School's Out (song)
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Cover of the 1972 US single
|Single by Alice Cooper|
|from the album School's Out|
|Released||April 26, 1972|
|Alice Cooper singles chronology|
Cover of the 1972 German single
Inspiration and writing
Cooper has said he was inspired to write the song when answering the question, "What's the greatest three minutes of your life?". Cooper said: "There's two times during the year. One is Christmas morning, when you're just getting ready to open the presents. The greed factor is right there. The next one is the last three minutes of the last day of school when you're sitting there and it's like a slow fuse burning. I said, 'If we can catch that three minutes in a song, it's going to be so big.'"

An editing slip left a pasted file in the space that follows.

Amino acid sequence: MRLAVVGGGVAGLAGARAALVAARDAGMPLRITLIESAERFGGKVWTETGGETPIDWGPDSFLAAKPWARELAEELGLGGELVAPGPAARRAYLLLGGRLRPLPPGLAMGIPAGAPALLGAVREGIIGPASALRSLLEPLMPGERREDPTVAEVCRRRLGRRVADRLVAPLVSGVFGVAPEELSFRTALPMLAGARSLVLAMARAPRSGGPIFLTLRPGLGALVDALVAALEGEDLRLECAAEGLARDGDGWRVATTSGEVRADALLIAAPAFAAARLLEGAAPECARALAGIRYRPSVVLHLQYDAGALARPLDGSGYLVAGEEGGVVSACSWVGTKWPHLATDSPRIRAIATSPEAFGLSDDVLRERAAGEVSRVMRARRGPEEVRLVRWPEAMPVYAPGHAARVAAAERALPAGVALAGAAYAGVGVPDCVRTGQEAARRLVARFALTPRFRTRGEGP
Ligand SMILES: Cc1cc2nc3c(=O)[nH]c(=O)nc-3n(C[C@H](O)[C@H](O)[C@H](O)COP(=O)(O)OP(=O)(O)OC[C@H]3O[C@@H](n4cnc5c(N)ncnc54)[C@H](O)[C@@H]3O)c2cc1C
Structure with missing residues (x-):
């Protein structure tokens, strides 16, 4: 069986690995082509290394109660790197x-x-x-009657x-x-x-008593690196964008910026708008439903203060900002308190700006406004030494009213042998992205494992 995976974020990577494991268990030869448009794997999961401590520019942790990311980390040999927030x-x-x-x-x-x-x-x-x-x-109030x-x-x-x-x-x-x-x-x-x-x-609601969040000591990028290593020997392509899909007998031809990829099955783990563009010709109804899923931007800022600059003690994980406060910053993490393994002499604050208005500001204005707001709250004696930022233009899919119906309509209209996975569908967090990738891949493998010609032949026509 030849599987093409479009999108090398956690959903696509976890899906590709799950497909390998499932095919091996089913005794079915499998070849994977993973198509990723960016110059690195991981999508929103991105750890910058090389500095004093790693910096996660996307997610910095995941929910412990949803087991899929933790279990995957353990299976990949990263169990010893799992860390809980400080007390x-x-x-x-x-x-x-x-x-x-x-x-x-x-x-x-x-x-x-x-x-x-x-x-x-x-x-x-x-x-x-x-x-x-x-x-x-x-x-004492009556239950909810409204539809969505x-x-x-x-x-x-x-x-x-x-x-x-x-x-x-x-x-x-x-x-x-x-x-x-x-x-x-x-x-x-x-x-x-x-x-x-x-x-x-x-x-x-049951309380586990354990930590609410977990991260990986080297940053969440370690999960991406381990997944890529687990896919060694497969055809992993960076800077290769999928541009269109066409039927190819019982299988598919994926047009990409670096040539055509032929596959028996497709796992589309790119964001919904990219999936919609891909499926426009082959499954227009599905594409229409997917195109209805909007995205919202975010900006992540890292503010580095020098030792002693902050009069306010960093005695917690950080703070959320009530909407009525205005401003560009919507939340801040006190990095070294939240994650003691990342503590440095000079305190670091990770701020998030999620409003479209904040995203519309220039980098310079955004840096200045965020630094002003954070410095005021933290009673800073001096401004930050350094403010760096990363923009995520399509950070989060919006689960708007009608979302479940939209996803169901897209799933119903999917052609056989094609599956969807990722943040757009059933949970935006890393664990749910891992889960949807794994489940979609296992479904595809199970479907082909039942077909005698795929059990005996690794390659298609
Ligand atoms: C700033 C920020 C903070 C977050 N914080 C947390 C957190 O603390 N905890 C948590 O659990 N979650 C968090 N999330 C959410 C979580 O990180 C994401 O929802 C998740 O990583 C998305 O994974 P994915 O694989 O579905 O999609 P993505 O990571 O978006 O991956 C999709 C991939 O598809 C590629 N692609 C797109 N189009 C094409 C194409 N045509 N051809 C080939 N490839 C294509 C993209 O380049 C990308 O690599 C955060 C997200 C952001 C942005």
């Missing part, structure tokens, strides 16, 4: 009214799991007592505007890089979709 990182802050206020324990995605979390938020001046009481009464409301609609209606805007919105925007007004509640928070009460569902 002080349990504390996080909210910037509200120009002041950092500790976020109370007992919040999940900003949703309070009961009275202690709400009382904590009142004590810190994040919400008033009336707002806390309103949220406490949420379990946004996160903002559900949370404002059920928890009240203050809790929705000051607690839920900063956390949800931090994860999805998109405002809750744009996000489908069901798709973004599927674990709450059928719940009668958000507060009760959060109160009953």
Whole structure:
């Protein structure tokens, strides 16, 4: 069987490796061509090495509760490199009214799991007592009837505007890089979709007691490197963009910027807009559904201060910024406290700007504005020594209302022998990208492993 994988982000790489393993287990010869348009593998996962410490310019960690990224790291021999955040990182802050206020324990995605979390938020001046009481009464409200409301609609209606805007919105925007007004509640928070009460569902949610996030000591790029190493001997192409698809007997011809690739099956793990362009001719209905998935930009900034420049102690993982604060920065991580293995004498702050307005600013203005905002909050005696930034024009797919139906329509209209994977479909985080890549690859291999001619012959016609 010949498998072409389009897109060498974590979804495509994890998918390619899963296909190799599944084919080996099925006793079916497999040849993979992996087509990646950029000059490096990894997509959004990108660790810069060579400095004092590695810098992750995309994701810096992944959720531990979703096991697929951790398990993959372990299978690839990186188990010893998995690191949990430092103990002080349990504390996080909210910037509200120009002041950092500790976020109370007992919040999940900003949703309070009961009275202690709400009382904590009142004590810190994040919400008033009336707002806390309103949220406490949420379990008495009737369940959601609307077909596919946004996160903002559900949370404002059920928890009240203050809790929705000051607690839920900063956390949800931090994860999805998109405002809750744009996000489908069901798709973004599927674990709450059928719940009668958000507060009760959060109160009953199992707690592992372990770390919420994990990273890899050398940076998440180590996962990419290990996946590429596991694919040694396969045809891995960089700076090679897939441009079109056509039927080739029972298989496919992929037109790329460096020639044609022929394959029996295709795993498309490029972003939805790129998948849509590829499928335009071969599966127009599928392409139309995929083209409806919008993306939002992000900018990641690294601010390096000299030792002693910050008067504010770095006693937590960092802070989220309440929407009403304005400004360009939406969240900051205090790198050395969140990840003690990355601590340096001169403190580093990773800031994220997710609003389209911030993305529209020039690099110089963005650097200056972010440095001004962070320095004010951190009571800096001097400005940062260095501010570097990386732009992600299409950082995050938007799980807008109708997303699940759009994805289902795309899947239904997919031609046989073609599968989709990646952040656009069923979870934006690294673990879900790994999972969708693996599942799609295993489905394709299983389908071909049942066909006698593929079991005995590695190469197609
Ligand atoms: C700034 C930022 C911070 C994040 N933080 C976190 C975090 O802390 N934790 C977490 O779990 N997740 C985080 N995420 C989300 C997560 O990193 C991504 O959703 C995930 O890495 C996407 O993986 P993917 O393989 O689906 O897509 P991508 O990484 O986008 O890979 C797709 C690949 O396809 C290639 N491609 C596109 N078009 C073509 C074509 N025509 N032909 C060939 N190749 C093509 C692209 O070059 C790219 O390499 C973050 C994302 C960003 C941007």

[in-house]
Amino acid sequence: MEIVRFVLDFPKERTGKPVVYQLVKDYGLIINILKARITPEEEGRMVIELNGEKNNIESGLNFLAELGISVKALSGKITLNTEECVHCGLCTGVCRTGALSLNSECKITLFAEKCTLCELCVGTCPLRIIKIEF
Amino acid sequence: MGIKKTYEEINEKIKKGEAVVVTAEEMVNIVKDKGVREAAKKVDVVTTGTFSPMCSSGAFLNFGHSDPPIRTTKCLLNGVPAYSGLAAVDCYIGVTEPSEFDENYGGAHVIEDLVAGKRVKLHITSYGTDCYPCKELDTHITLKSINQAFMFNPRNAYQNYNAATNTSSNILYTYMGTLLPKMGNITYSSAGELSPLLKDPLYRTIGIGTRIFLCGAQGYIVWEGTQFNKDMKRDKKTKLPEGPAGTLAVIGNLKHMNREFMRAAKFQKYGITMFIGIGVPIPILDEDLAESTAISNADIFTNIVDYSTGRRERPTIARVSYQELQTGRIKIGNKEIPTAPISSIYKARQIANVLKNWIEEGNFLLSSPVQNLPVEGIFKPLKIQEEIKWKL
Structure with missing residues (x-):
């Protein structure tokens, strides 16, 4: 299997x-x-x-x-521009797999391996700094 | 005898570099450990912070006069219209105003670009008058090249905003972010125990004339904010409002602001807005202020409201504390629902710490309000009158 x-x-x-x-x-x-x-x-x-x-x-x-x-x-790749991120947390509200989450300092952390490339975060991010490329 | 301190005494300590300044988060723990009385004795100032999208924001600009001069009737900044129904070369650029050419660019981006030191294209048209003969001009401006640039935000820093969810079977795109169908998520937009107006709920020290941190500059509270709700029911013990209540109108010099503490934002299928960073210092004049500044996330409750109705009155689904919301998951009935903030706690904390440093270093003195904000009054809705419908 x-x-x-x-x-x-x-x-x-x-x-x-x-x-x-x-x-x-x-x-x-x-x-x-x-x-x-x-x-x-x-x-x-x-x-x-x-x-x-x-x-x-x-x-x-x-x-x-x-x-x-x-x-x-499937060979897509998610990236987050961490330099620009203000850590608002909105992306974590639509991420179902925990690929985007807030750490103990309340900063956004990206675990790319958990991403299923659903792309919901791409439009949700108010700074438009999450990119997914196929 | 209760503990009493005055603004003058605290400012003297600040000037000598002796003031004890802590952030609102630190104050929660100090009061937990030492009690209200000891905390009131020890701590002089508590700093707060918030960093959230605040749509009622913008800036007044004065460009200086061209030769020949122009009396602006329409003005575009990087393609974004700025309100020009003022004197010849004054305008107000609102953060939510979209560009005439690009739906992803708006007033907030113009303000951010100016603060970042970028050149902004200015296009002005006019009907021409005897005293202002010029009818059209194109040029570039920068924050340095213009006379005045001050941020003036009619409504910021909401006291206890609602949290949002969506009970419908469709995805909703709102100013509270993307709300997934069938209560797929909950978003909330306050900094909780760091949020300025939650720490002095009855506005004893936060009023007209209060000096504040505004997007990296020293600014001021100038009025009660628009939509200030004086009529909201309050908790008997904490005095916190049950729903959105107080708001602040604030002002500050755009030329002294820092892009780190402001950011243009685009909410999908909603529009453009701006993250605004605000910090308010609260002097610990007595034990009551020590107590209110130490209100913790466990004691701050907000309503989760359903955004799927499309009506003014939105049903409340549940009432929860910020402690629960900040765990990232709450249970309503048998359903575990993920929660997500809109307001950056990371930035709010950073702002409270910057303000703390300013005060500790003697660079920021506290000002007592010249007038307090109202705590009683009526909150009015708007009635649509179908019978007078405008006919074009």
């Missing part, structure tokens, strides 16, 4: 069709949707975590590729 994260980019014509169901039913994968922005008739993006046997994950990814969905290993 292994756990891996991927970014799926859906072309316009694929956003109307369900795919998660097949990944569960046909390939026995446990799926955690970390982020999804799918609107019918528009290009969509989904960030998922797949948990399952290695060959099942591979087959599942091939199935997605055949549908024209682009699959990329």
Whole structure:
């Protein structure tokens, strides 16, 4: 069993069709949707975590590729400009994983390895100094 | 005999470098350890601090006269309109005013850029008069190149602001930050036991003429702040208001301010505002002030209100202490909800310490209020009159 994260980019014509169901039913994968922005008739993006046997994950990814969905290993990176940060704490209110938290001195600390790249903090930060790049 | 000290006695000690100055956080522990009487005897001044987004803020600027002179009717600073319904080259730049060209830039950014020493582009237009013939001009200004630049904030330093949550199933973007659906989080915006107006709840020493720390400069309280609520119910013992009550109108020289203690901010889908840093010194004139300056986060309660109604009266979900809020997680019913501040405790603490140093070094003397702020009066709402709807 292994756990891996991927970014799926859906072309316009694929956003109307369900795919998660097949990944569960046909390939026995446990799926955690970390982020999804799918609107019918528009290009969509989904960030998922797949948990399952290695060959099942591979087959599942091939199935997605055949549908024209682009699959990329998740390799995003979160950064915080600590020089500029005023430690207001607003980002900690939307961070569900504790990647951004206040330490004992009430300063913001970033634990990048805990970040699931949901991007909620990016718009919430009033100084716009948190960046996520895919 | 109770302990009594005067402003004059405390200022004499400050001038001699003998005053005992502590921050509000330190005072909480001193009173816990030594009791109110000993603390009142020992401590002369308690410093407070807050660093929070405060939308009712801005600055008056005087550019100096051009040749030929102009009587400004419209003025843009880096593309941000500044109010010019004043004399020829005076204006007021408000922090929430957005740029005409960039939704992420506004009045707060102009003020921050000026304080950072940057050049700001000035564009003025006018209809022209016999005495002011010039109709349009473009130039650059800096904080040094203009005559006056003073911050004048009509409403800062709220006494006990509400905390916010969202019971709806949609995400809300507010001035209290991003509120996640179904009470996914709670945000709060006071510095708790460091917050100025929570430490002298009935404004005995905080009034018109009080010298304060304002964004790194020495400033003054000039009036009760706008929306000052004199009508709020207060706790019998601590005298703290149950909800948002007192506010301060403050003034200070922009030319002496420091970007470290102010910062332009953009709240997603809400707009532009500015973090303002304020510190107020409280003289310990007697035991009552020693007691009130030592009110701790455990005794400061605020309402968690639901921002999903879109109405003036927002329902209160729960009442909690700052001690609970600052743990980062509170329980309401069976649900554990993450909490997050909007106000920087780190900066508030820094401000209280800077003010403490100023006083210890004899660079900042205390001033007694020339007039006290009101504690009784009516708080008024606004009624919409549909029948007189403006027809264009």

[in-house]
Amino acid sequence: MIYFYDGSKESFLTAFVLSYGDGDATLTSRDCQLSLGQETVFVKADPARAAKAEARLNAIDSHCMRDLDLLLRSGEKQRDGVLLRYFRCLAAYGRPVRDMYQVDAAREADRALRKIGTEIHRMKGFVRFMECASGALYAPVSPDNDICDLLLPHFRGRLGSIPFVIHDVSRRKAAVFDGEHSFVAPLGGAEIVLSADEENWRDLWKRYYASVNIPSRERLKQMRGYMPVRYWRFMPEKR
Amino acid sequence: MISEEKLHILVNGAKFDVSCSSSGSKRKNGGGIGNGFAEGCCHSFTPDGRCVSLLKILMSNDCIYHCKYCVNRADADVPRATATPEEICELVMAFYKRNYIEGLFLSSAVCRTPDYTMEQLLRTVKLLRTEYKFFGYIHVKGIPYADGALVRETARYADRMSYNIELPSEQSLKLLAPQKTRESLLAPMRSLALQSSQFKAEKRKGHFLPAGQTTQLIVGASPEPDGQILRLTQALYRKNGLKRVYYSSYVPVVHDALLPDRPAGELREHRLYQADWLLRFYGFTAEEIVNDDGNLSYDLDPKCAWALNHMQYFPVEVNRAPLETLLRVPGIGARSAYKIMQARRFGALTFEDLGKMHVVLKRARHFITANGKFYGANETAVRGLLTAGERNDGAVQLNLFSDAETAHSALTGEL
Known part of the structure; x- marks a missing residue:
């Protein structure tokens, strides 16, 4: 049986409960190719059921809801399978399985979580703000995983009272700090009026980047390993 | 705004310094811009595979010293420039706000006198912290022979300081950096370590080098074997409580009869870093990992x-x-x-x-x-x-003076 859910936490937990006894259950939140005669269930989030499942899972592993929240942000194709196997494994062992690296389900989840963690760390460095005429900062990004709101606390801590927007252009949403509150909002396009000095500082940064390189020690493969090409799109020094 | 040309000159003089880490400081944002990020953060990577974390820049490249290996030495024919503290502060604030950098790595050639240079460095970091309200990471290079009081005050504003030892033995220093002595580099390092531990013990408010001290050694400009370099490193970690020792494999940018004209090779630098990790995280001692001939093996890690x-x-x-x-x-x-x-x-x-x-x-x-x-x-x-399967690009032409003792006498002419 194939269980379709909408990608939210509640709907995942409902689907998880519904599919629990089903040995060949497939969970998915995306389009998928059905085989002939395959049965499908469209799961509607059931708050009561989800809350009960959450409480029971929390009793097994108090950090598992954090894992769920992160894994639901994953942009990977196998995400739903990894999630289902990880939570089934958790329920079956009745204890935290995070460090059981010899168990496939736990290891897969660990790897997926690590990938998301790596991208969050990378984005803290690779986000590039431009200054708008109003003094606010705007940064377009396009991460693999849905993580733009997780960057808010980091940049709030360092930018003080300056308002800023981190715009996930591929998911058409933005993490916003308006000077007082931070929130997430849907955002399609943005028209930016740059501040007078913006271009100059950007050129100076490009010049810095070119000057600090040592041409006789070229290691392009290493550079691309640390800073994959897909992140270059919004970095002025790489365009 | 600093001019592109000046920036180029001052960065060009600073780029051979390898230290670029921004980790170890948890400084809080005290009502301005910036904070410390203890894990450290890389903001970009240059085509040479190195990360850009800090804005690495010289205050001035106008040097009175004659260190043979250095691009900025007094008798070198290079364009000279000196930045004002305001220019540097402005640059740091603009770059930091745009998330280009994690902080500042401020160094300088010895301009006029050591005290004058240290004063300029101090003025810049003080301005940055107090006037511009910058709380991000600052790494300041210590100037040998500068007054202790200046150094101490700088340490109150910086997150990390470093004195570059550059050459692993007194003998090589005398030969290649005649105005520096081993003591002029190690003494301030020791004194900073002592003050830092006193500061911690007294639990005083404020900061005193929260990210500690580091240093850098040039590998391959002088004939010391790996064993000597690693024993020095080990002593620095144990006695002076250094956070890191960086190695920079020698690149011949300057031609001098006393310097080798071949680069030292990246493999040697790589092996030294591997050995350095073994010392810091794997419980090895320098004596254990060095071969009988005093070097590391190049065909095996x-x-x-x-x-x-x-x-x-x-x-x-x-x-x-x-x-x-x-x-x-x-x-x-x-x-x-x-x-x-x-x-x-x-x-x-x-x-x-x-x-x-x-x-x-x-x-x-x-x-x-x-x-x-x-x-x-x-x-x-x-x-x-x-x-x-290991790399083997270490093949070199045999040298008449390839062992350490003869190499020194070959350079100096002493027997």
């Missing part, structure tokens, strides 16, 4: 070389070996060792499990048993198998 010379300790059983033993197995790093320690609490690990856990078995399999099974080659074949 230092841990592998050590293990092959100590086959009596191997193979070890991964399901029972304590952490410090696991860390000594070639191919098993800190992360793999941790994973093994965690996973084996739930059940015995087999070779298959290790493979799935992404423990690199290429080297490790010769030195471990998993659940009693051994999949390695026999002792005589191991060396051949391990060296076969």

Cooper has also said it was inspired by a line from a Bowery Boys movie. On his radio show, "Nights with Alice Cooper", he joked that the main riff of the song was inspired by a song by Miles Davis. Cooper said that guitarist Glen Buxton created the song's opening riff.
The lyrics of "School's Out" indicate that not only is the school year ended for summer vacation, but ended forever, and that the school itself has been blown up. It incorporates the childhood rhyme, "No more pencils, no more books, no more teachers' dirty looks" into its lyrics. It also featured children contributing some of the vocals. "Innocence" in the lyric "...and we got no innocence" is frequently changed in concert to "intelligence" and sometimes replaced with "etiquette." The song appropriately ends with a school bell sound that fades out.
Later performances saw Alice Cooper incorporate parts of the first verse of "Another Brick in the Wall, Part 2", a song by Pink Floyd (also about school, and produced by Bob Ezrin) into "School's Out."
Release and reception